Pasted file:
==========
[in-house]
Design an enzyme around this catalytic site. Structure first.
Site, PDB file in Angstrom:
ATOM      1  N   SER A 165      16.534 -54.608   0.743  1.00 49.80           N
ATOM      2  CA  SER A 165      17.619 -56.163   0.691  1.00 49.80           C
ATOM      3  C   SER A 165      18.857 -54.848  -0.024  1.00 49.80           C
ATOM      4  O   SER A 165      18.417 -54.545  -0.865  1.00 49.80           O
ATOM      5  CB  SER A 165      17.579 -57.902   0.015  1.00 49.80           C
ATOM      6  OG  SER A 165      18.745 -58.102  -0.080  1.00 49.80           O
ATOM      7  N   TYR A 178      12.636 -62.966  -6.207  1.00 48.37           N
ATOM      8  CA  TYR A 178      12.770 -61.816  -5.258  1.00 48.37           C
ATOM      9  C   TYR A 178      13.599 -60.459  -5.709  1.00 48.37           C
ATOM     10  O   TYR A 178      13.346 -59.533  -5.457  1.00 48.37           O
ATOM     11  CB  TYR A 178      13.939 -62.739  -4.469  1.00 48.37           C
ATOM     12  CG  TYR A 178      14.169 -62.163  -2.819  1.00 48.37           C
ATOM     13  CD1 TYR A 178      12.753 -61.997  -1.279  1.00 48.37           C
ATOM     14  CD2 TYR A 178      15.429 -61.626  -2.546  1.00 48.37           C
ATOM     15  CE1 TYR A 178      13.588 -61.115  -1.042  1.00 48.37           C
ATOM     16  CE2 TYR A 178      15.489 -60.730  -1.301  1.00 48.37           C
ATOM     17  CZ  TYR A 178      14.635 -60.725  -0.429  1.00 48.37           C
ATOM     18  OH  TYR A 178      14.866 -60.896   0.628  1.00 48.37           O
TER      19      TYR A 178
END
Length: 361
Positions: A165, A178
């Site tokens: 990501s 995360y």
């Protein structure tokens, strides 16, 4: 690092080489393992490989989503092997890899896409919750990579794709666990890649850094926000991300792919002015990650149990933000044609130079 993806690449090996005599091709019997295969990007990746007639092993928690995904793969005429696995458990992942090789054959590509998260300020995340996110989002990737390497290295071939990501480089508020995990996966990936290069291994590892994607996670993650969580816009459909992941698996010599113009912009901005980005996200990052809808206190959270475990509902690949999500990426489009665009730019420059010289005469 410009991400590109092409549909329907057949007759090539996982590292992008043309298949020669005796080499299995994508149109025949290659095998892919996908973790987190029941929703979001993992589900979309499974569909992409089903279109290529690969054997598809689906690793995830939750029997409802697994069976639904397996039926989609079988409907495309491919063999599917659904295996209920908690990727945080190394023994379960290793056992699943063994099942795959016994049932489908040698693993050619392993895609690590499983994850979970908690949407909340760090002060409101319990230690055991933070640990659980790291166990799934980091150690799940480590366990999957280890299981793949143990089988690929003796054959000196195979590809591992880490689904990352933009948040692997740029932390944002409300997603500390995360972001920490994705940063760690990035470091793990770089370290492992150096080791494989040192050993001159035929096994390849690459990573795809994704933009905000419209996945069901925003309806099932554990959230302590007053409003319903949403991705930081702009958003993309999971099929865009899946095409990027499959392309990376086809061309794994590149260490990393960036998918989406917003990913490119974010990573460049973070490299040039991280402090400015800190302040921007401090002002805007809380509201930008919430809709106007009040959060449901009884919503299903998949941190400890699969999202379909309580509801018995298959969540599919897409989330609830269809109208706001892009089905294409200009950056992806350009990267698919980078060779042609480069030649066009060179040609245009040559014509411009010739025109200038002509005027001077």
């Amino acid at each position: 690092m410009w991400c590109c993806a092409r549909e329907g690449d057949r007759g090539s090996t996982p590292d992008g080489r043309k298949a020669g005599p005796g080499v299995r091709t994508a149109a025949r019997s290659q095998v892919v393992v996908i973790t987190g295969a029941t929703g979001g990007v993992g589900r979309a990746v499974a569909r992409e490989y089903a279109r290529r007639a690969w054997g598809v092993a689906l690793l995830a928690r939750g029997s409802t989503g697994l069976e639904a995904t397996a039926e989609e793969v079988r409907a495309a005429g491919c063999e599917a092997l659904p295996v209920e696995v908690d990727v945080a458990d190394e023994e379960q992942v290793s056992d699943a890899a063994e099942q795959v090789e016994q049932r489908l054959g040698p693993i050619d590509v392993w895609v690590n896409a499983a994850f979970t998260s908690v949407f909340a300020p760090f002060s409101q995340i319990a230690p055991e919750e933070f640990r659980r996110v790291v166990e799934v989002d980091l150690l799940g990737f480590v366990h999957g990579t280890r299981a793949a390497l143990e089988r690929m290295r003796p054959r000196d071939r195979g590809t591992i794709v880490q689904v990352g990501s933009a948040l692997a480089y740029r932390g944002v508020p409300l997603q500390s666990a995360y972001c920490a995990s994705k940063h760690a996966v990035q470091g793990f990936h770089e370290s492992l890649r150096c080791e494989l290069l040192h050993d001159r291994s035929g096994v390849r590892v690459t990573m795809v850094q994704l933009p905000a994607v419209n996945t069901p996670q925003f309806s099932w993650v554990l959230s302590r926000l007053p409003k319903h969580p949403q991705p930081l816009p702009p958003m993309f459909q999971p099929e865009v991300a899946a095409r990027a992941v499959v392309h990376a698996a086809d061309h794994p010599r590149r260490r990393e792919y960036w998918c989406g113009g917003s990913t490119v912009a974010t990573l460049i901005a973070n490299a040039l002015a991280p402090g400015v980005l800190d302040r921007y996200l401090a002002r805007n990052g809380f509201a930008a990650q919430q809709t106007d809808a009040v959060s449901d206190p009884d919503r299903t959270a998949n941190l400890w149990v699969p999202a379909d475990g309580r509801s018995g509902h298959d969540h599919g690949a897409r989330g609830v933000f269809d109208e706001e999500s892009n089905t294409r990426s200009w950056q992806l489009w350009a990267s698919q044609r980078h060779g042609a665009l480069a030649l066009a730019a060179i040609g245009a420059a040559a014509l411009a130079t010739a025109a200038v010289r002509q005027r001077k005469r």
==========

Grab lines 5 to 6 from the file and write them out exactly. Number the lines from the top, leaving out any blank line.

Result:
ATOM      2  CA  SER A 165      17.619 -56.163   0.691  1.00 49.80           C
ATOM      3  C   SER A 165      18.857 -54.848  -0.024  1.00 49.80           C